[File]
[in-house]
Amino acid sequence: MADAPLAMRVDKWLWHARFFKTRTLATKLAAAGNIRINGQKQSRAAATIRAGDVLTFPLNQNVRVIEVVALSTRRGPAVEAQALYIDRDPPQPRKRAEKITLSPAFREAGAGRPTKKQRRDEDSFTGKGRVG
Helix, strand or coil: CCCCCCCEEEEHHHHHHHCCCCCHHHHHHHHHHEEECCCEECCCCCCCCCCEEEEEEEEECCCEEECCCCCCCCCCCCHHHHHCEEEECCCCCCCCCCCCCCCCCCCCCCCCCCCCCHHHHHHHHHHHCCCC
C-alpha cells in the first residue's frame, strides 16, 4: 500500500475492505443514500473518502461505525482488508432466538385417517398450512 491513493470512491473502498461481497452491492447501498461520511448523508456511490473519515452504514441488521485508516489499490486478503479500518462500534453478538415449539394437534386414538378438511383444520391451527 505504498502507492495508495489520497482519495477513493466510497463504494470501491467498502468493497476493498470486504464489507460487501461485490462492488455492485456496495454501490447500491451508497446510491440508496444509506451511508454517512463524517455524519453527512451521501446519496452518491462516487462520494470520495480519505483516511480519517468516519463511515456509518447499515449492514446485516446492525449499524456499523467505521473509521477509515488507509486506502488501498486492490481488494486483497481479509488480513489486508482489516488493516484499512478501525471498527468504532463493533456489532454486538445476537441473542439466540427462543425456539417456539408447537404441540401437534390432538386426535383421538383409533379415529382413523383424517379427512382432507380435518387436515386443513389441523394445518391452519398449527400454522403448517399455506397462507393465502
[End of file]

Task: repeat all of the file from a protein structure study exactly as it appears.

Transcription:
[in-house]
Amino acid sequence: MADAPLAMRVDKWLWHARFFKTRTLATKLAAAGNIRINGQKQSRAAATIRAGDVLTFPLNQNVRVIEVVALSTRRGPAVEAQALYIDRDPPQPRKRAEKITLSPAFREAGAGRPTKKQRRDEDSFTGKGRVG
Helix, strand or coil: CCCCCCCEEEEHHHHHHHCCCCCHHHHHHHHHHEEECCCEECCCCCCCCCCEEEEEEEEECCCEEECCCCCCCCCCCCHHHHHCEEEECCCCCCCCCCCCCCCCCCCCCCCCCCCCCHHHHHHHHHHHCCCC
C-alpha cells in the first residue's frame, strides 16, 4: 500500500475492505443514500473518502461505525482488508432466538385417517398450512 491513493470512491473502498461481497452491492447501498461520511448523508456511490473519515452504514441488521485508516489499490486478503479500518462500534453478538415449539394437534386414538378438511383444520391451527 505504498502507492495508495489520497482519495477513493466510497463504494470501491467498502468493497476493498470486504464489507460487501461485490462492488455492485456496495454501490447500491451508497446510491440508496444509506451511508454517512463524517455524519453527512451521501446519496452518491462516487462520494470520495480519505483516511480519517468516519463511515456509518447499515449492514446485516446492525449499524456499523467505521473509521477509515488507509486506502488501498486492490481488494486483497481479509488480513489486508482489516488493516484499512478501525471498527468504532463493533456489532454486538445476537441473542439466540427462543425456539417456539408447537404441540401437534390432538386426535383421538383409533379415529382413523383424517379427512382432507380435518387436515386443513389441523394445518391452519398449527400454522403448517399455506397462507393465502